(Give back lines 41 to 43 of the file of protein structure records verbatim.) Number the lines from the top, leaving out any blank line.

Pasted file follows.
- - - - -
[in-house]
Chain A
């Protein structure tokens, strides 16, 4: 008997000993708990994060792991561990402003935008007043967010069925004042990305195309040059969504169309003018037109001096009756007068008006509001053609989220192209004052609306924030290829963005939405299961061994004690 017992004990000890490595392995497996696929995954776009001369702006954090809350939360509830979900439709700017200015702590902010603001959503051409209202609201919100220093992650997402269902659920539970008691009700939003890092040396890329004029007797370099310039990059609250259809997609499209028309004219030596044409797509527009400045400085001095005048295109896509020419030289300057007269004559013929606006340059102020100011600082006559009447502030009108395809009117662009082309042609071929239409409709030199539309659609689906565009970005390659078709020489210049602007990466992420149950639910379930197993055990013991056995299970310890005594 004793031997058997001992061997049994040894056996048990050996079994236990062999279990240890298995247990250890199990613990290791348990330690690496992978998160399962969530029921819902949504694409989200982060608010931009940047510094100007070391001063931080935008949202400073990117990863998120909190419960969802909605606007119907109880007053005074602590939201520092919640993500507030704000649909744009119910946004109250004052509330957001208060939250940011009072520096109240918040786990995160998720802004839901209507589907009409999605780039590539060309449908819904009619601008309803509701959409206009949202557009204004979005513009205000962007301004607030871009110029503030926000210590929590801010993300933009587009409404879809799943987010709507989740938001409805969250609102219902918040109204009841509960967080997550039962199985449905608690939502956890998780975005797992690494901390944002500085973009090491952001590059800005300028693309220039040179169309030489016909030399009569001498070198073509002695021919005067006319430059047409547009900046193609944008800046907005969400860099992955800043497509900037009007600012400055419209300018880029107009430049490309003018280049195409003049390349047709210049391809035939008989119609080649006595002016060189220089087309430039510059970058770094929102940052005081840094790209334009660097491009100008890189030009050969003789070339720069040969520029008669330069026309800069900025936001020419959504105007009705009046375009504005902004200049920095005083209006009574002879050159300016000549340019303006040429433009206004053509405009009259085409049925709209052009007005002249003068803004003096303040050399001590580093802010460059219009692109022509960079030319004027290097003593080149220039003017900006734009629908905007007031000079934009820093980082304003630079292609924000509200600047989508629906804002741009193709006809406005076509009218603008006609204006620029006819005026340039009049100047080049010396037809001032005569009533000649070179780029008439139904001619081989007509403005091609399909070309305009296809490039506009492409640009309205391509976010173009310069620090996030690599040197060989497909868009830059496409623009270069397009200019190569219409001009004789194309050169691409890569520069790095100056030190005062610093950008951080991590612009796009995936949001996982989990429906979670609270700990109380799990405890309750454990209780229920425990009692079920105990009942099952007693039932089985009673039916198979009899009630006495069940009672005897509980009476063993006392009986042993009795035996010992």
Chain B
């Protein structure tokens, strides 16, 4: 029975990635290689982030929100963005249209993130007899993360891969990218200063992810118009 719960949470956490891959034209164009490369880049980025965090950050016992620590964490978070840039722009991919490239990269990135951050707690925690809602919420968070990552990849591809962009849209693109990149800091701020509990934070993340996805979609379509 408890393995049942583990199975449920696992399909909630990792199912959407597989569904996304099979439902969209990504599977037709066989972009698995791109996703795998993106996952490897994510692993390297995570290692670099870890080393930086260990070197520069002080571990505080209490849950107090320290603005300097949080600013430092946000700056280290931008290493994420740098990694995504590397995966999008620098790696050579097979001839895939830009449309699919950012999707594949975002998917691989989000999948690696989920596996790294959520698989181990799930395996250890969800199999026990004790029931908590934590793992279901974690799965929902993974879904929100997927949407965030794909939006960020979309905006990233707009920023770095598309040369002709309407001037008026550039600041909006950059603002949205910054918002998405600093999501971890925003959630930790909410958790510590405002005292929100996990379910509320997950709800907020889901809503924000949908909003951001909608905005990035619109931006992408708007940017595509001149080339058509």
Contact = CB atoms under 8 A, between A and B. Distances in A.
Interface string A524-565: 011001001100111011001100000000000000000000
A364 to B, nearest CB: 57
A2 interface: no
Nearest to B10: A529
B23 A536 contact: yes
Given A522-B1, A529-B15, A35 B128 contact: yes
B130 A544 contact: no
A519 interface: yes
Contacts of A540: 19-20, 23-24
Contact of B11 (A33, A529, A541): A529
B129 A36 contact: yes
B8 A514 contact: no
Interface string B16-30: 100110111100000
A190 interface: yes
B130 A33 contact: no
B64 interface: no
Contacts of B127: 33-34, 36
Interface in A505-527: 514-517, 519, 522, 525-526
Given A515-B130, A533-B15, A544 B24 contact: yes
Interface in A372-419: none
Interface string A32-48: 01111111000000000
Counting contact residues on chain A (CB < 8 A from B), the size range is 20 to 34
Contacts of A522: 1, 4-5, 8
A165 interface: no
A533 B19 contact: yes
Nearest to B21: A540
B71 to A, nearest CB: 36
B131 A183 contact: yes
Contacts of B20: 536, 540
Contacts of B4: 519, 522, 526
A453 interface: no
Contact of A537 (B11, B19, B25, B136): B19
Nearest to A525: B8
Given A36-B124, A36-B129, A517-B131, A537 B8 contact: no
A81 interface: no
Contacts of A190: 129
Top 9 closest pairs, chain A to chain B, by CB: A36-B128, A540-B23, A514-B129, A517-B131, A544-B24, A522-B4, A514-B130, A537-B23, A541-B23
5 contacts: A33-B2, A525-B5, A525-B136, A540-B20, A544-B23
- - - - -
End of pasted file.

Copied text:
A81 interface: no
Contacts of A190: 129
Top 9 closest pairs, chain A to chain B, by CB: A36-B128, A540-B23, A514-B129, A517-B131, A544-B24, A522-B4, A514-B130, A537-B23, A541-B23